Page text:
One of the main obstacles that any novice translator faces after completing his university studies or his post graduate diplomas or courses lies in the most professional way by which he can prove his competence and proficiency as a freelance translator. Whether approaching a translation agency or a direct client, the whole process could be really more intricate than it seems to be with view to the fact that both end users of his services are only after certified or sworn translators or experienced translators with proven records and references. So how can he manage to escape out of this endless cycle.
If you are approaching translation agencies you will have to abide by certain guidelines. You’ll have to go down with your rate to encourage these agencies to contract with you. You’ll have to deliver, as much as can be humanly possible, an error free professional translation that is a true rendering of idea, style, and original composition as well as a consistent quality in terms of terminology. You’ll have to support your work by resorting to relevant authoritative reference resources, dictionaries, and glossaries. You should enrich your knowledge and experience by extensive readings in various fields and domains to be prepared to deal effectively with such specialties in translation (commercial, technical, medical, financial, IT, etc.). You should observe the due dates predefined by the translation agency and respect confidentiality of all handled projects whether you were asked or not to sign their non disclosure agreement. Most translation agencies set a trial period to all new freelance translators in which they could closely examine and monitor their work. Nevertheless, if you respected all above mentioned guidelines, be sure that you will be the target of any translation agency.
On the other hand, if you are approaching a direct client, whether corporate clients or individuals, you’ll face a lot of trouble trying to gain access to these clients. In the first place corporate clients and companies prefer to outsource their translation needs to partners that are able to offer comprehensive solutions. They search for agencies that can satisfy their translation needs in a range of different languages, that are available 24/7 hours a day, that can accept handling translation of specialised domains, that have DTP and typesetting services, that maintain procedures guaranteeing all deadlines are met and that observe the confidential nature of all handled jobs. Taking into consideration their need for diversity, capacity, continuity, and confidentiality, it is scarcely surprising that many of such companies direct their choice to a one stop shop translation agency rather than individual freelancers. Although a translation agency may be more expensive than a freelancer, but the additional comprehensive service and quality gained justify the extra investment. As to individual clients, you cannot get access to this type of clients except if you have a wide scope of social acquaintances and relations or if you have a website to showcase and market your services optimized to be SEO friendly. At this stage all small businesses start making use of all free means available on the net to gain traffic to their websites through registering at free directories, creating free ads, or building links and reciprocal links to their websites. However, this does not usually work and soon you’ll find that you have to start your marketing campaign. Contacting a professional Web design company to handle your marketing campaign at low budget for small businesses is one of the easy and direct solutions to get access to your potential clients. Social marketing has also come to be an important tool which accounts now for a great share in the market with view to the fact that about 96% use social networks such as Facebook, Twitter, LinkedIn, and You Tube.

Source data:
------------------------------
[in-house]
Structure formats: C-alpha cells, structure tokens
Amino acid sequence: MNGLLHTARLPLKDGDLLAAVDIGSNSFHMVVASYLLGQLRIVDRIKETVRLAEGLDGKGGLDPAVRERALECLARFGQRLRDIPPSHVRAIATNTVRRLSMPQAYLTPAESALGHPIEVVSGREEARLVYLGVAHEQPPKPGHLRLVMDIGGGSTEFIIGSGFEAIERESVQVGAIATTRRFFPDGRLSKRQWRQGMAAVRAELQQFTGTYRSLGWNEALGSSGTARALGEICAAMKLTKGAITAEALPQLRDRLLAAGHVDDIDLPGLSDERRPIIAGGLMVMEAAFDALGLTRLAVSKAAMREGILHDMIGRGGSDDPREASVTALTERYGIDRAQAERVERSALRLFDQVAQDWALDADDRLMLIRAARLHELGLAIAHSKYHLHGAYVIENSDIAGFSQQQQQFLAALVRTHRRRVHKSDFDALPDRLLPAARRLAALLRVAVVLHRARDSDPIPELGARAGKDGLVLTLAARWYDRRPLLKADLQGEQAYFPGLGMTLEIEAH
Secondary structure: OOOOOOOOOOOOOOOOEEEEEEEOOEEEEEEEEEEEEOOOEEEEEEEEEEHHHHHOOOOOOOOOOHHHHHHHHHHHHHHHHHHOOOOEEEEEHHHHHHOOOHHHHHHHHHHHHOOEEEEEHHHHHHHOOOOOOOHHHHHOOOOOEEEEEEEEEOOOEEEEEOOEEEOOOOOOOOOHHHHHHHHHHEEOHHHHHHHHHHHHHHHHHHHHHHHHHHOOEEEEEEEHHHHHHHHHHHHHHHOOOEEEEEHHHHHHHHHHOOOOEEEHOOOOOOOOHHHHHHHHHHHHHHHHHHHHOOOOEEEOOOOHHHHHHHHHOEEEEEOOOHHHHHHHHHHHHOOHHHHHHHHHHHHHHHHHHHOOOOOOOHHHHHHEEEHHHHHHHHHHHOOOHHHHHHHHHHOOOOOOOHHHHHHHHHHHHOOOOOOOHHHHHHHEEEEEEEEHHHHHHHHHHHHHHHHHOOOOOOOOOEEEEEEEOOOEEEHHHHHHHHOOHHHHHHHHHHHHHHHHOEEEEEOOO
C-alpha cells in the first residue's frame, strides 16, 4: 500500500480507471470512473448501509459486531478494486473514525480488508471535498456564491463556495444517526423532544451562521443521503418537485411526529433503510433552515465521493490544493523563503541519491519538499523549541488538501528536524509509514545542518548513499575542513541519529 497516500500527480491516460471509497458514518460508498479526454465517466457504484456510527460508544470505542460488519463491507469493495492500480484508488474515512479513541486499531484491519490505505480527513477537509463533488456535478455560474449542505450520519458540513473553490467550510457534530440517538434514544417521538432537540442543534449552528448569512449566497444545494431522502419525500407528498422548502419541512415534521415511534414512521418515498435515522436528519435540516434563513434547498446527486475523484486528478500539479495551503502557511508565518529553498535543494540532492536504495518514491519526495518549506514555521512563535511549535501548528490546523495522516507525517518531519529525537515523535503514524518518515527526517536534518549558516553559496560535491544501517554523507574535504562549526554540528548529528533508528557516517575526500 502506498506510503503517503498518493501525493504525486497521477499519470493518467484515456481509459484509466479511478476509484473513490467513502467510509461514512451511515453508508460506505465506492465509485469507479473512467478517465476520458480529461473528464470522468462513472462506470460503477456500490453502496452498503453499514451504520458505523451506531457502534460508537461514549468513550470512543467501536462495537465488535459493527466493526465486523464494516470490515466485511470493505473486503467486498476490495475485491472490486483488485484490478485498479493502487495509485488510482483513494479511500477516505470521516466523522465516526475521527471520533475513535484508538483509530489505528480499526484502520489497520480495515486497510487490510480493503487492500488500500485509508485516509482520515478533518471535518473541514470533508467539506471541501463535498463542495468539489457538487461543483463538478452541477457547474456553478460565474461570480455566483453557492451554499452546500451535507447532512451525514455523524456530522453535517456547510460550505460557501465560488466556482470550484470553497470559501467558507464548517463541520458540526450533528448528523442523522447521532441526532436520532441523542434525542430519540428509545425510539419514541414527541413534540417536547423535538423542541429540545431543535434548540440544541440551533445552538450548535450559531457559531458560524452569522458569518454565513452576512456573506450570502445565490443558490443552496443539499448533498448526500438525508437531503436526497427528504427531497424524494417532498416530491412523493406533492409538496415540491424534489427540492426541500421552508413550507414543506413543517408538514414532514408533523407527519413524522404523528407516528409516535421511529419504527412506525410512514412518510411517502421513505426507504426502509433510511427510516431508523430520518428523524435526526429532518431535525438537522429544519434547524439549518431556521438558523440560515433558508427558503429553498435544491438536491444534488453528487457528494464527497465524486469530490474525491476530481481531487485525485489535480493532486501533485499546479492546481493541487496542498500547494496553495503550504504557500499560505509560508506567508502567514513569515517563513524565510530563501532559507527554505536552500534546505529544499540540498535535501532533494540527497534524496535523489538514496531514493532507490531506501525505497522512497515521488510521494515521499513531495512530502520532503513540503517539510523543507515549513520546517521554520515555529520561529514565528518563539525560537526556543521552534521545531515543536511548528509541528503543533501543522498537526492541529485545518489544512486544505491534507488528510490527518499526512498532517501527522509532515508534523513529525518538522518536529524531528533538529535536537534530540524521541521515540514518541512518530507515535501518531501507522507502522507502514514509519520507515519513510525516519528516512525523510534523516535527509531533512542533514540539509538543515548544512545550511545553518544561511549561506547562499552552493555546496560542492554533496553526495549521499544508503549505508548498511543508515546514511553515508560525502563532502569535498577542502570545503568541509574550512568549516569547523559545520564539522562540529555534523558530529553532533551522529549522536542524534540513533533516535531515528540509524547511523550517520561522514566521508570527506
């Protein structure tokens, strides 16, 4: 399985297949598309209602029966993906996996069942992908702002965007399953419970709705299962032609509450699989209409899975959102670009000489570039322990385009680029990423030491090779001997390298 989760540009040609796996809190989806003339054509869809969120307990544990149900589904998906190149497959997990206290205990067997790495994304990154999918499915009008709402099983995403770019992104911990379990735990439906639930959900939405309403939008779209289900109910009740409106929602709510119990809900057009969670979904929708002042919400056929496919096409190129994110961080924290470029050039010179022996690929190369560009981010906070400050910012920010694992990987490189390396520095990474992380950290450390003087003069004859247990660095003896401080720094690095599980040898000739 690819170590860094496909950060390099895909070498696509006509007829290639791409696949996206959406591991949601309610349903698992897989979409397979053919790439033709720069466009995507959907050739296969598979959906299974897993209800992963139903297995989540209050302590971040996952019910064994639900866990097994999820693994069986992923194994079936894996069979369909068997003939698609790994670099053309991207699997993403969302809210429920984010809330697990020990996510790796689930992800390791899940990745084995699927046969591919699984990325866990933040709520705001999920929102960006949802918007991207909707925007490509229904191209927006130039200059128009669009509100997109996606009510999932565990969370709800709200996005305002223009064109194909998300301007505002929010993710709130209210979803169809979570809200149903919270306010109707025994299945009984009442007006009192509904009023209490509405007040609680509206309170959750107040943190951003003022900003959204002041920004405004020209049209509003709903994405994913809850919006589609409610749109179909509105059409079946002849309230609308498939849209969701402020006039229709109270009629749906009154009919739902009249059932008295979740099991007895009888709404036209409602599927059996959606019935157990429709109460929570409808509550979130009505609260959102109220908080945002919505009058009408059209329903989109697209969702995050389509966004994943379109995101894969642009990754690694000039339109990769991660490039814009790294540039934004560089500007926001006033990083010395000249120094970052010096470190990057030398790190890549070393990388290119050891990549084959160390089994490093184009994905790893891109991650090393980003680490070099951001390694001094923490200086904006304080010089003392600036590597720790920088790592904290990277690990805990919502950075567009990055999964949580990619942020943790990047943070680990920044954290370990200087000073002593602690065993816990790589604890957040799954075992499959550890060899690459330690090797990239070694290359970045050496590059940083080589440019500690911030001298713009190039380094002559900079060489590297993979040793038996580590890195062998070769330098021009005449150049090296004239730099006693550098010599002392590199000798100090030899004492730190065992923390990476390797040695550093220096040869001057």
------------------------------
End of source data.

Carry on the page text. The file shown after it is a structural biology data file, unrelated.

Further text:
To step with confidence as a freelance translator in the field of translation, you’ll have to undergo certain processes before engaging in all above mentioned procedures. After your graduation, you can work as an unpaid trainee in any translation agency for a couple of months till you can find another translation company that is able to pay you for your services. There you can work for a couple of years to add practical experience to your knowledge, acquire skill and gain speed and the knowhow techniques of the job. Once you have polished your skills and experience and feel you can start your own career, you should transfer to a part-time contract so that you can have the time to build your clientele database. When your freelance work provides you with a work flow that engages you 20 hours a week, you can now terminate your contract and start your own career.
While undertaking to go through all the above procedures, you have to be systematic, logic and patient. Never to embark on a step except after being sure that you’re going to stand on stable ground. As a freelance translator you have to be always updated with extensive reading and latest technologies.
ATC Blog tackles the concerns of Translators and the Translation Industry, besides addressing the interests of Translation Clients. It also offers handy tips for all; translation clients and translators.